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If you hadn’t heard of Jarryd James yet, you’re missing out. Most known for his debut single “Do You Remember,” which was released the end of January, the Brisbane, Australia singer-songwriter and producer is one of the most talented rising artists at the moment. As a former member of troubadour Matt Corby’s band, he’s been pursuing a solo career, and is completely determined to do so. His self-titled debut EP, which he had worked on extensively with New Zealand producer Joel Little (Lorde) and Malay (Frank Ocean), releases last Thursday, September 3, and includes “Do You Remember,” as well as other singles “Give Me Something,” “Regardless” and “Sure Love.” In our conversation, we address a variety of topics, such as the type of music he makes, his musical inspirations, Australian versus US culture, working with Joel, the struggles he experiences in his career path, and more.
Can you explain what kind of music artist you are?
I think that I try to make pretty honest music, music that’s emotional. I think I’m a pretty simple musician, I think my songs are pretty straight to the point. They write off of emotions.
When you say straight to the point, that’s purely from who you are as a person?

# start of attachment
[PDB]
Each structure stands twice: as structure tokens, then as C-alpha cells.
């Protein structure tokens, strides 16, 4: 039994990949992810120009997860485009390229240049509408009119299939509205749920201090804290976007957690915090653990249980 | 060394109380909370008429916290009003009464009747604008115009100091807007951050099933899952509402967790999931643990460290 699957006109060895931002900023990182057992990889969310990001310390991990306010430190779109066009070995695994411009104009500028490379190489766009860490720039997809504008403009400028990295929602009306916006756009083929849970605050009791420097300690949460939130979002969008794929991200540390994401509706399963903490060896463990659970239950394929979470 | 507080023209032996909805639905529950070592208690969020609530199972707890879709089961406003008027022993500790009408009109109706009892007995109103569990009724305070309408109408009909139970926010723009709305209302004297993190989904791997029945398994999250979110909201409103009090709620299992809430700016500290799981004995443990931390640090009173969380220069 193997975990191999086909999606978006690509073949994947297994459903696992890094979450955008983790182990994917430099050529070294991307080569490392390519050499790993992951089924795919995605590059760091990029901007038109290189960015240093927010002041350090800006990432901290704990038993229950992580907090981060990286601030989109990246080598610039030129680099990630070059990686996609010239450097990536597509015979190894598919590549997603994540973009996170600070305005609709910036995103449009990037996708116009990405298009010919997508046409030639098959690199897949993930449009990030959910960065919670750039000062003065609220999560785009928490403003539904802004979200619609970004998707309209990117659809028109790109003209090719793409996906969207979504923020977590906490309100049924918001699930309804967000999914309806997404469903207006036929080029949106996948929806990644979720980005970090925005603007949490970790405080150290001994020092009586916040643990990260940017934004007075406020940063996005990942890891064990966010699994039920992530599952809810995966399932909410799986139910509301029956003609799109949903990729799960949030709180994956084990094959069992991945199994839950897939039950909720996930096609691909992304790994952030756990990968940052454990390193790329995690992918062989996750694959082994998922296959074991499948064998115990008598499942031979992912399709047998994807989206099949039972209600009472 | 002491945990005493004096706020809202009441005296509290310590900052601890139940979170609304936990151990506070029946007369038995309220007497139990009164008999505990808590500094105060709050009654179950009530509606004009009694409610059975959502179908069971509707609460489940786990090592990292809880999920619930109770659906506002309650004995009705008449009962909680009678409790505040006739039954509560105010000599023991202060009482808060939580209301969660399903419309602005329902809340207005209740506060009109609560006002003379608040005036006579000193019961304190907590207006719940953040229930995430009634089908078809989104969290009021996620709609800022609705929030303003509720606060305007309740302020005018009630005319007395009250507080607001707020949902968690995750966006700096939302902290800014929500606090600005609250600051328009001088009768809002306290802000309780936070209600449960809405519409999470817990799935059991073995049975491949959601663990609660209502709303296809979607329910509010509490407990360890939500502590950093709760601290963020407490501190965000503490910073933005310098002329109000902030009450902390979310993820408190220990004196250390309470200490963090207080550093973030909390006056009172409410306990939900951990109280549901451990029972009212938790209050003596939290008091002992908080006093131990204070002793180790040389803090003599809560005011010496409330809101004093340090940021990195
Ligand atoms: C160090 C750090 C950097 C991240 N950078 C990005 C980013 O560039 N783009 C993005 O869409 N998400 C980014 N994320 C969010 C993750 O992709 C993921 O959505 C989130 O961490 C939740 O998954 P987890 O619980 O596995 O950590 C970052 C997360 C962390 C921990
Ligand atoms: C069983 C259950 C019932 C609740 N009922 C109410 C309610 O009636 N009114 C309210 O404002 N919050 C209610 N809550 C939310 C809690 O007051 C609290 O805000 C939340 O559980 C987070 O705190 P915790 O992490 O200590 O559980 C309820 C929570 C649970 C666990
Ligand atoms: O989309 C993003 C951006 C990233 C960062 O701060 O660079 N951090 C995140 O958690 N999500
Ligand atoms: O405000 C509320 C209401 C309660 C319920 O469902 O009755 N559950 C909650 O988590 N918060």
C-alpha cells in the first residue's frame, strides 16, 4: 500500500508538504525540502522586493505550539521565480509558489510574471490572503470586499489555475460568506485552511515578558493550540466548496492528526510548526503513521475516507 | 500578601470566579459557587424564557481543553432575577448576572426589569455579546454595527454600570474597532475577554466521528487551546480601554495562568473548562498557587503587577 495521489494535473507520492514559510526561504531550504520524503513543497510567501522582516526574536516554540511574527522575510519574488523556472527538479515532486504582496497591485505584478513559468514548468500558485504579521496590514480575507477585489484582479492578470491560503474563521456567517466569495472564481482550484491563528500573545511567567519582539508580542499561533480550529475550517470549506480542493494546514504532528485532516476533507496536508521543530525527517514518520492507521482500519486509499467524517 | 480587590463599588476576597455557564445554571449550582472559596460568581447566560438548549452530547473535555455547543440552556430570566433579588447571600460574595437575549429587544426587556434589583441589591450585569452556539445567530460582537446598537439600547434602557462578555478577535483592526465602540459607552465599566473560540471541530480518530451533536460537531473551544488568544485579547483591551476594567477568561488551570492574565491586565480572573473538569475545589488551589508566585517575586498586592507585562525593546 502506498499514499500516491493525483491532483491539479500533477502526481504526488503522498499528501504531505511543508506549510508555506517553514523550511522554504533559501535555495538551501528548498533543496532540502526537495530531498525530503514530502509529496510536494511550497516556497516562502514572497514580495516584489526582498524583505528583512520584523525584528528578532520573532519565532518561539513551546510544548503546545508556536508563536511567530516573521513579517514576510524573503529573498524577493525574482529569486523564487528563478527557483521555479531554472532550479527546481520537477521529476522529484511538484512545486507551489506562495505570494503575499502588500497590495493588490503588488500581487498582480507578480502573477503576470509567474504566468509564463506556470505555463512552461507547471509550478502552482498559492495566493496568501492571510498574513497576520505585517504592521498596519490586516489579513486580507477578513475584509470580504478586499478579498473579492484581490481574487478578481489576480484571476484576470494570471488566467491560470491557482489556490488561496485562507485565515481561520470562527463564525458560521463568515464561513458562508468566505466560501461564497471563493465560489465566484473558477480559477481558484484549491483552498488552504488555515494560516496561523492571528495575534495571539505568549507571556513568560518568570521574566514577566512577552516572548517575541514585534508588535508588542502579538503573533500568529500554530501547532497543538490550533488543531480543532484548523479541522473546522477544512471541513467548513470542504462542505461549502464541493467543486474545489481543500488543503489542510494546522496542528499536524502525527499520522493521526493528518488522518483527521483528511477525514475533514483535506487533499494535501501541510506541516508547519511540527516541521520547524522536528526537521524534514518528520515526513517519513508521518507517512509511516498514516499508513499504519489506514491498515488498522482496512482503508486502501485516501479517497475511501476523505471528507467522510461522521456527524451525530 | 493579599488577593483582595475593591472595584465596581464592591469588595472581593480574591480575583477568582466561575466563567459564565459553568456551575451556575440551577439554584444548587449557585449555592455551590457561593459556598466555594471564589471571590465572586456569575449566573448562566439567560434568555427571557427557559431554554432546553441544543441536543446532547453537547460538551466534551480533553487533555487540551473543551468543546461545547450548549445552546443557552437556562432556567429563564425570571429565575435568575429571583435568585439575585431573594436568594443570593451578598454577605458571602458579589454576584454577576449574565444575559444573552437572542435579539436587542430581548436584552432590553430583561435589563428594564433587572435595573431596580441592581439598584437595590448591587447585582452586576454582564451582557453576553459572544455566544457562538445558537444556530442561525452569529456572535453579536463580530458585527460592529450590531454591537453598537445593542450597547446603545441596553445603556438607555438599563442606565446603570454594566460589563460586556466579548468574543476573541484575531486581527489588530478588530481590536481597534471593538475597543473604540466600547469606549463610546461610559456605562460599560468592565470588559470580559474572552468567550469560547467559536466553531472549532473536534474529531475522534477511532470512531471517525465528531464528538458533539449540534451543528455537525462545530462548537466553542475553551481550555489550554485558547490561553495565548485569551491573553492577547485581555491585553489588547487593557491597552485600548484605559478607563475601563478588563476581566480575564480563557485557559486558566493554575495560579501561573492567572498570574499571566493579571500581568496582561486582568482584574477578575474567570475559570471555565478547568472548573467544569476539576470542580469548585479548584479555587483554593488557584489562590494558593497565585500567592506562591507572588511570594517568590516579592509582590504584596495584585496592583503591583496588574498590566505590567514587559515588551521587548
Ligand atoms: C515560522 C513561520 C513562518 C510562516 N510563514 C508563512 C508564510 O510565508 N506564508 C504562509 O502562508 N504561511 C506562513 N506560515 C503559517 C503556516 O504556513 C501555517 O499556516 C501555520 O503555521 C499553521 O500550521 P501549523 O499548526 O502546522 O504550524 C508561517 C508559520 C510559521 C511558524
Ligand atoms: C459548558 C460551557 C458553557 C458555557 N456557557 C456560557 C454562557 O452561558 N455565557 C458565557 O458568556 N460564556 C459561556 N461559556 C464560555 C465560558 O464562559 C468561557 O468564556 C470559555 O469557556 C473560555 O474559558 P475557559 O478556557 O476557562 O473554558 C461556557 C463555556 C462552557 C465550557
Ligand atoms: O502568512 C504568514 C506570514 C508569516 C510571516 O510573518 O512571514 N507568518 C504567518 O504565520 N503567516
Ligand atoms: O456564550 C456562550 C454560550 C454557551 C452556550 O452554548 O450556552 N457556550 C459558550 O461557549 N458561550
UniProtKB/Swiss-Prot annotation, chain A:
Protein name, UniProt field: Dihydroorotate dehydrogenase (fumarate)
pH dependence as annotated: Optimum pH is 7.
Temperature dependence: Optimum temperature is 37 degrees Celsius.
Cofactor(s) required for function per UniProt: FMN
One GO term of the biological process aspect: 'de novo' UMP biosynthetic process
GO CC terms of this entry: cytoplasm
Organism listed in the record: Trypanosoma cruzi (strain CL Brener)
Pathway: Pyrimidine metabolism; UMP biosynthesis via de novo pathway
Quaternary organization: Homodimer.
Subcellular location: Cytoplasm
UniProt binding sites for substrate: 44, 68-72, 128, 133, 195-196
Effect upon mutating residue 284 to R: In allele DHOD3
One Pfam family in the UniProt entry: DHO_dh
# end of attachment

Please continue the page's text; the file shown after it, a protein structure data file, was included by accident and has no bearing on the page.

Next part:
Yeah, I think so. I don’t second guess anything, it’s just whatever comes out is what happens.
So who would you say are your top 3 musical inspirations?
Harry Nilsson, Paul McCartney and tie for Stevie Wonder and Don Henley.
To go further into that, how do you use them as inspirations?
As far as Harry Nilsson, Paul McCartney and Stevie Wonder go, I think it’s melody. That’s kind of my favorite part of it all and Don Henley is a drummer. There’s a lot of other guys as well, but he’s the first one that springs to mind because it’s all about the kick and snare for me as well, like after melody, it’s that and tones. I love warm sounding music and I think the Eagles made that kind of music, stuff that makes you feel like you’re at home.